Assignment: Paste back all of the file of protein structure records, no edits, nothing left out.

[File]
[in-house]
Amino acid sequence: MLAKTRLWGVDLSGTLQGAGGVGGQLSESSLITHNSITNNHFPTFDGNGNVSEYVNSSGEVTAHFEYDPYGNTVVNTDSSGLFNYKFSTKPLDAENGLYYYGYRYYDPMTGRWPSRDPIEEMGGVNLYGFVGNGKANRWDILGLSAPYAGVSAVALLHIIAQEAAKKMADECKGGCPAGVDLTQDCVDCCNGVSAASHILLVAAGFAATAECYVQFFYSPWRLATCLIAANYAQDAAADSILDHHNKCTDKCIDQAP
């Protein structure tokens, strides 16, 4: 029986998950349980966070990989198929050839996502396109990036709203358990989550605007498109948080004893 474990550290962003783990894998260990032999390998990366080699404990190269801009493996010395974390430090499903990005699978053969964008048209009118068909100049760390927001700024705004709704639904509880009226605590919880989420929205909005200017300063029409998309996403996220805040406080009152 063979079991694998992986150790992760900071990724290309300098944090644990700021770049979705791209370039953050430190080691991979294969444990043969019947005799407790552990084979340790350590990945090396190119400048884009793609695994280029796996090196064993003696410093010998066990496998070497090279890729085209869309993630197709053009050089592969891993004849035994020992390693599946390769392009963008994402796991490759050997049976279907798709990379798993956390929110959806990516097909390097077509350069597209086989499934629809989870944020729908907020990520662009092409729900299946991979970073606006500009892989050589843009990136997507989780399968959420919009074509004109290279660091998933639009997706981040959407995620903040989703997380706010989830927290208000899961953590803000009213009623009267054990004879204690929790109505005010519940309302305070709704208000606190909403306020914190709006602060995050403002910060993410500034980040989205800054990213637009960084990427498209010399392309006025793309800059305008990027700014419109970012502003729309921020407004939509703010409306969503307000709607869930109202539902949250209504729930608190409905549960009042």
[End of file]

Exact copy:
[in-house]
Amino acid sequence: MLAKTRLWGVDLSGTLQGAGGVGGQLSESSLITHNSITNNHFPTFDGNGNVSEYVNSSGEVTAHFEYDPYGNTVVNTDSSGLFNYKFSTKPLDAENGLYYYGYRYYDPMTGRWPSRDPIEEMGGVNLYGFVGNGKANRWDILGLSAPYAGVSAVALLHIIAQEAAKKMADECKGGCPAGVDLTQDCVDCCNGVSAASHILLVAAGFAATAECYVQFFYSPWRLATCLIAANYAQDAAADSILDHHNKCTDKCIDQAP
């Protein structure tokens, strides 16, 4: 029986998950349980966070990989198929050839996502396109990036709203358990989550605007498109948080004893 474990550290962003783990894998260990032999390998990366080699404990190269801009493996010395974390430090499903990005699978053969964008048209009118068909100049760390927001700024705004709704639904509880009226605590919880989420929205909005200017300063029409998309996403996220805040406080009152 063979079991694998992986150790992760900071990724290309300098944090644990700021770049979705791209370039953050430190080691991979294969444990043969019947005799407790552990084979340790350590990945090396190119400048884009793609695994280029796996090196064993003696410093010998066990496998070497090279890729085209869309993630197709053009050089592969891993004849035994020992390693599946390769392009963008994402796991490759050997049976279907798709990379798993956390929110959806990516097909390097077509350069597209086989499934629809989870944020729908907020990520662009092409729900299946991979970073606006500009892989050589843009990136997507989780399968959420919009074509004109290279660091998933639009997706981040959407995620903040989703997380706010989830927290208000899961953590803000009213009623009267054990004879204690929790109505005010519940309302305070709704208000606190909403306020914190709006602060995050403002910060993410500034980040989205800054990213637009960084990427498209010399392309006025793309800059305008990027700014419109970012502003729309921020407004939509703010409306969503307000709607869930109202539902949250209504729930608190409905549960009042």